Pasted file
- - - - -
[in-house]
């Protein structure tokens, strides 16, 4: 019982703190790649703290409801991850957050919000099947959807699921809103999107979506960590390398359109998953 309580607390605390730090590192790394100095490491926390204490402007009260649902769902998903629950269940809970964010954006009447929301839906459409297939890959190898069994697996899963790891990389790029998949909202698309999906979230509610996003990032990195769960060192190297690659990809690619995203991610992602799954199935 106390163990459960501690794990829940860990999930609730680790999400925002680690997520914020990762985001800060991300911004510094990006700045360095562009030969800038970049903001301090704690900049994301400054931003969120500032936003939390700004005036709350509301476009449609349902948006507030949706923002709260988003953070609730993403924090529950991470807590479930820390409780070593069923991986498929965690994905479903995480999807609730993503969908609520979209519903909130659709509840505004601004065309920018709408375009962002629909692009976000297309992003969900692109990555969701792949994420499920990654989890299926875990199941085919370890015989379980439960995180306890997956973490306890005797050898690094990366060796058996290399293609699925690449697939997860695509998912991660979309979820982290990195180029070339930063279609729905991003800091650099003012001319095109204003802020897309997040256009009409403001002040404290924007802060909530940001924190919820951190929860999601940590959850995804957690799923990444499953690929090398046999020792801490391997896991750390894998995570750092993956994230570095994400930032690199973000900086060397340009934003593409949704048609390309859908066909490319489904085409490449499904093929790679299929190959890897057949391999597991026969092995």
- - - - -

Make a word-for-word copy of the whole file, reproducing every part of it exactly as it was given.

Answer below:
[in-house]
């Protein structure tokens, strides 16, 4: 019982703190790649703290409801991850957050919000099947959807699921809103999107979506960590390398359109998953 309580607390605390730090590192790394100095490491926390204490402007009260649902769902998903629950269940809970964010954006009447929301839906459409297939890959190898069994697996899963790891990389790029998949909202698309999906979230509610996003990032990195769960060192190297690659990809690619995203991610992602799954199935 106390163990459960501690794990829940860990999930609730680790999400925002680690997520914020990762985001800060991300911004510094990006700045360095562009030969800038970049903001301090704690900049994301400054931003969120500032936003939390700004005036709350509301476009449609349902948006507030949706923002709260988003953070609730993403924090529950991470807590479930820390409780070593069923991986498929965690994905479903995480999807609730993503969908609520979209519903909130659709509840505004601004065309920018709408375009962002629909692009976000297309992003969900692109990555969701792949994420499920990654989890299926875990199941085919370890015989379980439960995180306890997956973490306890005797050898690094990366060796058996290399293609699925690449697939997860695509998912991660979309979820982290990195180029070339930063279609729905991003800091650099003012001319095109204003802020897309997040256009009409403001002040404290924007802060909530940001924190919820951190929860999601940590959850995804957690799923990444499953690929090398046999020792801490391997896991750390894998995570750092993956994230570095994400930032690199973000900086060397340009934003593409949704048609390309859908066909490319489904085409490449499904093929790679299929190959890897057949391999597991026969092995």